The U.S. Supreme Court's recent rulings, one blocking the sex discrimination lawsuit against Wal-Mart, the other striking down the key provision of Arizona's clean election law that was allowing the state to provide matching funds to political candidates, suggest that the court seems to be increasingly inclined to favor the big corporations and the wealthy over and against the vast majority of Americans.
The expected result will increasingly be that the average American workers, especially females, will have no opportunity to be treated fairly in the court system, especially when they work for a large corporation.
It could also mean that the only candidates for any political office in the future will be those whose campaigns have been supported by big corporations and the wealthy, who will expect pay-back for their investments.
It seems to be coming clearer and clearer that this country is becoming a country of "haves" and "have-nots." The majority of the people, increasingly, have less and less, and the few who control most of the country's wealth are increasingly controlling the government branches (including the U.S. justice system).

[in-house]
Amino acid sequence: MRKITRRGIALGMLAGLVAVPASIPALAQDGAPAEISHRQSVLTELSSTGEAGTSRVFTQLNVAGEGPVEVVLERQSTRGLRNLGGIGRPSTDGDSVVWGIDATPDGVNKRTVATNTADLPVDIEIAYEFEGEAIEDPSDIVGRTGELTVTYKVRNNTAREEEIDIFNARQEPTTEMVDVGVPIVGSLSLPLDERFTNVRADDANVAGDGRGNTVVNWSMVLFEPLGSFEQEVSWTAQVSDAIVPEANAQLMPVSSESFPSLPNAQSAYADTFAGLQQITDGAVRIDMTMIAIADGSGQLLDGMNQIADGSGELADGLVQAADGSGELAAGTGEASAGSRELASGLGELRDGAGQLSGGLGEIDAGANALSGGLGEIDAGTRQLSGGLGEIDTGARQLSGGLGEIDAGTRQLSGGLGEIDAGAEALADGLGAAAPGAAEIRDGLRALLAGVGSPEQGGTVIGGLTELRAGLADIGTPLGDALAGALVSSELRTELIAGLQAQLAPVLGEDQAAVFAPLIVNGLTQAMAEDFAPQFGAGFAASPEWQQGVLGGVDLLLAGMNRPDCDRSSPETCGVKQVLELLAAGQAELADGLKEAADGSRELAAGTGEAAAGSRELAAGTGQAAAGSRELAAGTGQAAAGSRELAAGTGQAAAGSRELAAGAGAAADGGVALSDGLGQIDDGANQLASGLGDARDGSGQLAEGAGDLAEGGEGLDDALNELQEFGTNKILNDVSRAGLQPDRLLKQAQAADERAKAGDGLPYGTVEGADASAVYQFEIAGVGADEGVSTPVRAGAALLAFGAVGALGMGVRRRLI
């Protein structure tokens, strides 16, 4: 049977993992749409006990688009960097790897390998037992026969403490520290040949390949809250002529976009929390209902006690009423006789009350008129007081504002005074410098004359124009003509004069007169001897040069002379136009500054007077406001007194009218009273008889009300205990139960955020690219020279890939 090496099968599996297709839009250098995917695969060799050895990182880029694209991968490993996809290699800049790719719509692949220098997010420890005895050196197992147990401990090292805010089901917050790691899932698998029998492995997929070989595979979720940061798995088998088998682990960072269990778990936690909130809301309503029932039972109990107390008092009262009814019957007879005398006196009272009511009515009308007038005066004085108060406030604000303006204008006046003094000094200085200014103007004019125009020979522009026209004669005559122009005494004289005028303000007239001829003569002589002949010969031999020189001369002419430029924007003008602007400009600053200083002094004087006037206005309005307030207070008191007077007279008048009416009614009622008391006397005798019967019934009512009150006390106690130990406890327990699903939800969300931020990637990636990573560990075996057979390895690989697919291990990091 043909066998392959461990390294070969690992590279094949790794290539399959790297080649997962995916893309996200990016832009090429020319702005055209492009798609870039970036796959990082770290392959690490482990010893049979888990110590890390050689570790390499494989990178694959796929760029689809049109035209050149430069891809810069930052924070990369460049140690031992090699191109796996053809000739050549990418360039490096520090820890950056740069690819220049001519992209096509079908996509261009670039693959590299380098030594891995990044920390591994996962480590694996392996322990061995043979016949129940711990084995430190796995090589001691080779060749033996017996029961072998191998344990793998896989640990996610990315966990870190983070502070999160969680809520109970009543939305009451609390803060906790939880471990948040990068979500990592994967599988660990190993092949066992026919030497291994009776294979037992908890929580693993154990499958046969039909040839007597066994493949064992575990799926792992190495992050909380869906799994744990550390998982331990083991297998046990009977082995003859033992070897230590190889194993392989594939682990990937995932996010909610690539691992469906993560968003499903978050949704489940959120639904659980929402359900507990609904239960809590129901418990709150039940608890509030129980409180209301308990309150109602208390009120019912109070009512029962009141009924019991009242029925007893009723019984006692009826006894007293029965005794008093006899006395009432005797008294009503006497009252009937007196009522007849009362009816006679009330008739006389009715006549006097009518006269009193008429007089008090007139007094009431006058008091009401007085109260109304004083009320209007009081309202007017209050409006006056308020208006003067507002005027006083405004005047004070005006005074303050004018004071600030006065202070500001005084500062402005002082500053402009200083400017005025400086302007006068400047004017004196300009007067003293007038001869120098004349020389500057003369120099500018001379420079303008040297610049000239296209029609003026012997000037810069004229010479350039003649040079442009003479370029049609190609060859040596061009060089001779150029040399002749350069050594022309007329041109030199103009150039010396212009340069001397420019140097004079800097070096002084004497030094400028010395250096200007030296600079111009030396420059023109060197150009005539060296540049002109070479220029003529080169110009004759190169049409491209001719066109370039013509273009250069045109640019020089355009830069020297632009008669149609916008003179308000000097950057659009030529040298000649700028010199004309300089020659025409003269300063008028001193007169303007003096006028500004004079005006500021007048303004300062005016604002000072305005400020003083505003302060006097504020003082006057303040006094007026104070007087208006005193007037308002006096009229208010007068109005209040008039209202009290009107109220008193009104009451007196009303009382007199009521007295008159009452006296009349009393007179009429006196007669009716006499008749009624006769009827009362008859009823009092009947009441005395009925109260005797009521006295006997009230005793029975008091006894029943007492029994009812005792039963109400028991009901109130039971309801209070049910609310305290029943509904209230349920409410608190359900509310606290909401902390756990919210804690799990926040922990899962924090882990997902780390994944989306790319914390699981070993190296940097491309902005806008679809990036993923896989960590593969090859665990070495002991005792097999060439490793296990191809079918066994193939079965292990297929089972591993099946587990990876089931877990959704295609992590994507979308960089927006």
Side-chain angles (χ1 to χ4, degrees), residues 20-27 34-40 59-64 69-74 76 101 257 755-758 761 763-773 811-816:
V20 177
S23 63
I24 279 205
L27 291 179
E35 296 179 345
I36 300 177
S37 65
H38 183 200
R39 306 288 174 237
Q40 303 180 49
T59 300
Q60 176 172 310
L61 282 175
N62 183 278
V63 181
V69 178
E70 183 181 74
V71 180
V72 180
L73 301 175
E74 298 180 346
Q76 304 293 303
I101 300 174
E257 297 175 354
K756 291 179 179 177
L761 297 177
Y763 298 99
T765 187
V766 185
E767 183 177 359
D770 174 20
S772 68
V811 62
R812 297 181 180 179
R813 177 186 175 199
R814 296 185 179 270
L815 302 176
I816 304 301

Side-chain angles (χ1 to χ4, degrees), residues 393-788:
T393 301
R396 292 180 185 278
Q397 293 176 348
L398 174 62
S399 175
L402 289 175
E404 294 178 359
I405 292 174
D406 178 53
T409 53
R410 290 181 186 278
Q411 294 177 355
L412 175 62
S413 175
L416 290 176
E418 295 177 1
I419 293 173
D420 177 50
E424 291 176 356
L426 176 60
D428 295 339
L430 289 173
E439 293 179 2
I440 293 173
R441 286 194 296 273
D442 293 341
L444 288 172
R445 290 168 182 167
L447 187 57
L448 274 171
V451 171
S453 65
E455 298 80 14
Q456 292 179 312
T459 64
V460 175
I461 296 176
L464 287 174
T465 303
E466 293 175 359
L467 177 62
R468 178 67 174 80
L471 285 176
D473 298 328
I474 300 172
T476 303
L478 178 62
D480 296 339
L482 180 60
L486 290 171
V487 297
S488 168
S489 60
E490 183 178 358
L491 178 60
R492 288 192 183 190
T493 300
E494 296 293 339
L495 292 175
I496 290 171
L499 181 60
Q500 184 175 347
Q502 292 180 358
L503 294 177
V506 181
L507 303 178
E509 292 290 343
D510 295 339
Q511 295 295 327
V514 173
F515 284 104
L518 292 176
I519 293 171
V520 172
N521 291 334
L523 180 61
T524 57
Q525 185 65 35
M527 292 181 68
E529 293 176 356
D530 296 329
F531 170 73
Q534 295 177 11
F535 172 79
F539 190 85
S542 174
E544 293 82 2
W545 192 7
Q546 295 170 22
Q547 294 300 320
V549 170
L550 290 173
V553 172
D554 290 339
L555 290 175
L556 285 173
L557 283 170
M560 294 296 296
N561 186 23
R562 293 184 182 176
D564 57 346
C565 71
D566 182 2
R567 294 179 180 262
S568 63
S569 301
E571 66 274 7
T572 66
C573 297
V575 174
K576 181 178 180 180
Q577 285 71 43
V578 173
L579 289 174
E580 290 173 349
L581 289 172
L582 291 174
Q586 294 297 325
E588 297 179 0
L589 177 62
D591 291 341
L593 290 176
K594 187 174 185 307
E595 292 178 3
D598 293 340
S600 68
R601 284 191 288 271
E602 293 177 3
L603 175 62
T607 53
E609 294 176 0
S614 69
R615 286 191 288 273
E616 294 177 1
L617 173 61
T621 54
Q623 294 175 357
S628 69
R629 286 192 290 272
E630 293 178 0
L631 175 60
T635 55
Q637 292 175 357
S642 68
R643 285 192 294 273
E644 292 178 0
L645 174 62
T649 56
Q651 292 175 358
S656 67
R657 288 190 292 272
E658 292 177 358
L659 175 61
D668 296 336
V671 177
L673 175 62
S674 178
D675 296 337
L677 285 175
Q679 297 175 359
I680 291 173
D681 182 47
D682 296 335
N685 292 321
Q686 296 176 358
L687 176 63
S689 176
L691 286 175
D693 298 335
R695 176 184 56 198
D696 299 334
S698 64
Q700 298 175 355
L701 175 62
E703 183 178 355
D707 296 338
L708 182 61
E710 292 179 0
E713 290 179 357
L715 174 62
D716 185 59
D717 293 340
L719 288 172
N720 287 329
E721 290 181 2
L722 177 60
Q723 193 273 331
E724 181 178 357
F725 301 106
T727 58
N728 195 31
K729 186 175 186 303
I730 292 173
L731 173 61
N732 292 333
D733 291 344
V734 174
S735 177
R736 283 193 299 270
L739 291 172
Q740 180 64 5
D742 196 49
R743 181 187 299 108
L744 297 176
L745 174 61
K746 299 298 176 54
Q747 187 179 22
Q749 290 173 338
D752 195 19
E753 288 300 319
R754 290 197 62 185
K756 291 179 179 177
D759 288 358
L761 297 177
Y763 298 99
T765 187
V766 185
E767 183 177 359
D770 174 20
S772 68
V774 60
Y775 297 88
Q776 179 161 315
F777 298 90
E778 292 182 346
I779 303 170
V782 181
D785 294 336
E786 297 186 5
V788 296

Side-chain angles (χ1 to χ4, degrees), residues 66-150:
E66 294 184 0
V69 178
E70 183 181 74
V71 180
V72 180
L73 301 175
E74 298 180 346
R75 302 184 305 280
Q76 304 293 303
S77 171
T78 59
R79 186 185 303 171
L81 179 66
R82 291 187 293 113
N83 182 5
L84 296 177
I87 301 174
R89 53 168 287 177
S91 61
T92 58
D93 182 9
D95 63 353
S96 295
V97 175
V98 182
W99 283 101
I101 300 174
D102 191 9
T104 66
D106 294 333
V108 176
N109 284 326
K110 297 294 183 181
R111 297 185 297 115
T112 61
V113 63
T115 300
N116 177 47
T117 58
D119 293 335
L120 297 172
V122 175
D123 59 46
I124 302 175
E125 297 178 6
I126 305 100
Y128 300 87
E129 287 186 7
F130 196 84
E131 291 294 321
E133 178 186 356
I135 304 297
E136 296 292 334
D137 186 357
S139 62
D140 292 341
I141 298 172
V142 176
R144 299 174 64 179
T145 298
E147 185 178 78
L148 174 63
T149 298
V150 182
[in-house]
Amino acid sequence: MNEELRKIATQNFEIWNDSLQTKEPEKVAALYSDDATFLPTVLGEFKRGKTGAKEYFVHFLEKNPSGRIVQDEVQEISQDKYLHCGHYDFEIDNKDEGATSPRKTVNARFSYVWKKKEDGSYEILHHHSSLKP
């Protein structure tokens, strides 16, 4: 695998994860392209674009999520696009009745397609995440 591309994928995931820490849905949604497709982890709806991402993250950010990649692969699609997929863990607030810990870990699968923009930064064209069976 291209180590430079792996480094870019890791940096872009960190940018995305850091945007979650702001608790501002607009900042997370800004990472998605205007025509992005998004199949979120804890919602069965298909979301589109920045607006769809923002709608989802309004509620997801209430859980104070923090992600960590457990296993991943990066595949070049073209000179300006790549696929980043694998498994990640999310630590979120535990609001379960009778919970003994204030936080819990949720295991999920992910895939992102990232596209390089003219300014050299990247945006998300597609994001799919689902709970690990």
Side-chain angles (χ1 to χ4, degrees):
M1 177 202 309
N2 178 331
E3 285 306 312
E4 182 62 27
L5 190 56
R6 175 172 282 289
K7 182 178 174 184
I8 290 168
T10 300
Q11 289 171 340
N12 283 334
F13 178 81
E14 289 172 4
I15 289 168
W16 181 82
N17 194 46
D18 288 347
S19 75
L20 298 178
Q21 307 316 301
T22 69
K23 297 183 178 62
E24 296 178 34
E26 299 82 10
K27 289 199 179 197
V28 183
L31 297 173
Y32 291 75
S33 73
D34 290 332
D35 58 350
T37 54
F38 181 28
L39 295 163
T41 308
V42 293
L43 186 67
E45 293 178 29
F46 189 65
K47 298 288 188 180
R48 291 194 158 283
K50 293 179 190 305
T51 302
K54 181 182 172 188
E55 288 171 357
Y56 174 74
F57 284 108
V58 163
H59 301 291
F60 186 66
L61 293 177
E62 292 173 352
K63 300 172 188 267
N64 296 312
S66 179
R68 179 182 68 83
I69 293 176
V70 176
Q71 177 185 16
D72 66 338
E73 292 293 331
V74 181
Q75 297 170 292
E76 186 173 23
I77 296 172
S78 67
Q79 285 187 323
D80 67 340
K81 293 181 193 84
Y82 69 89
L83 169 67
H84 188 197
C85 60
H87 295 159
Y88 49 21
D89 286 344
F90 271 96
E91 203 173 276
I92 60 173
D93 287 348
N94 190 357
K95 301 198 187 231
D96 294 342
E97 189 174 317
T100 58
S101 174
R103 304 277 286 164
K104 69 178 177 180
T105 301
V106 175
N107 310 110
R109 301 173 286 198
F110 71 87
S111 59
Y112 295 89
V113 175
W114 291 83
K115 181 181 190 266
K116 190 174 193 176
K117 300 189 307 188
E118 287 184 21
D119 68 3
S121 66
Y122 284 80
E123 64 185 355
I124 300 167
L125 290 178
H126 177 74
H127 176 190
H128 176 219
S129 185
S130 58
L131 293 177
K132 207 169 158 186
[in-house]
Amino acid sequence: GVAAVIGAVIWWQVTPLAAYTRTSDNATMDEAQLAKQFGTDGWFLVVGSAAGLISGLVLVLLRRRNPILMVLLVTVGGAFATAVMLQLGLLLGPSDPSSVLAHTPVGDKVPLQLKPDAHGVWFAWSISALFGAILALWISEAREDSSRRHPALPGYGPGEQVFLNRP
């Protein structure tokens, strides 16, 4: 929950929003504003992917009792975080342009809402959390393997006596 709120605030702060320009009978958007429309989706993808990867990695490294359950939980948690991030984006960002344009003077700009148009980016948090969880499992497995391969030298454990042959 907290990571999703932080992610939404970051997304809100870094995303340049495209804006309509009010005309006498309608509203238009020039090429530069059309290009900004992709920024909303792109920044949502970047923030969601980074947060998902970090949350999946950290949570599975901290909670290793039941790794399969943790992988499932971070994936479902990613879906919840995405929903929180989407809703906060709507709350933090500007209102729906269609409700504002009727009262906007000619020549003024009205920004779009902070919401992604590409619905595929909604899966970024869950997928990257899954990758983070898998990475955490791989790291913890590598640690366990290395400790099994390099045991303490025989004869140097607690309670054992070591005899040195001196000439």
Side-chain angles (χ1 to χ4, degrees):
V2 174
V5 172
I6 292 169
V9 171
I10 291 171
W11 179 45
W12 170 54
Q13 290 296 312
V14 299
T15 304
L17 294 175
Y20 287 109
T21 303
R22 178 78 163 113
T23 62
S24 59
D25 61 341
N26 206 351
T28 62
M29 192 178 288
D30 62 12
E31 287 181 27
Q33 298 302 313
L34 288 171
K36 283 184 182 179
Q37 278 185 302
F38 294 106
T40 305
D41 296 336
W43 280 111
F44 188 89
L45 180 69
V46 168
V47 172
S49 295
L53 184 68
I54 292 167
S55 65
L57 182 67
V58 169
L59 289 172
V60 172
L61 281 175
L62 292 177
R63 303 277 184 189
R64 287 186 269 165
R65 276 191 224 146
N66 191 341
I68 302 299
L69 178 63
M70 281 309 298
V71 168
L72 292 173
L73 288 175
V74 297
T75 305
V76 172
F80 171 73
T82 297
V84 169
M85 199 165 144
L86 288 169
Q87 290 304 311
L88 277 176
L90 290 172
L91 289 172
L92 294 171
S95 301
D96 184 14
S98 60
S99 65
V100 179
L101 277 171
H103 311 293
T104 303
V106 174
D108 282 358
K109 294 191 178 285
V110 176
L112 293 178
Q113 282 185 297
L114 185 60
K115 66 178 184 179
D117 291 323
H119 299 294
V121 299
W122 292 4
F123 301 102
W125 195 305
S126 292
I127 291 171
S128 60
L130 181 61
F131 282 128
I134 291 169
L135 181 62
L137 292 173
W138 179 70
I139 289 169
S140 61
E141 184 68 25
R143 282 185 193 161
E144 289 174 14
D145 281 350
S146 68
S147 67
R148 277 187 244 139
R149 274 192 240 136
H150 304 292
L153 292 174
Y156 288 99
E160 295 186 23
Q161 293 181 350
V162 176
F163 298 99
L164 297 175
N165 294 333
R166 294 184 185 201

The Founding Fathers would be turning in their graves if they could see that the country that they founded, with a government of the people and by the people, is increasingly becoming a government of the rich and for the rich.
I don't think that was their intention on July 4, 1776.
Donald LaBranche, Lewiston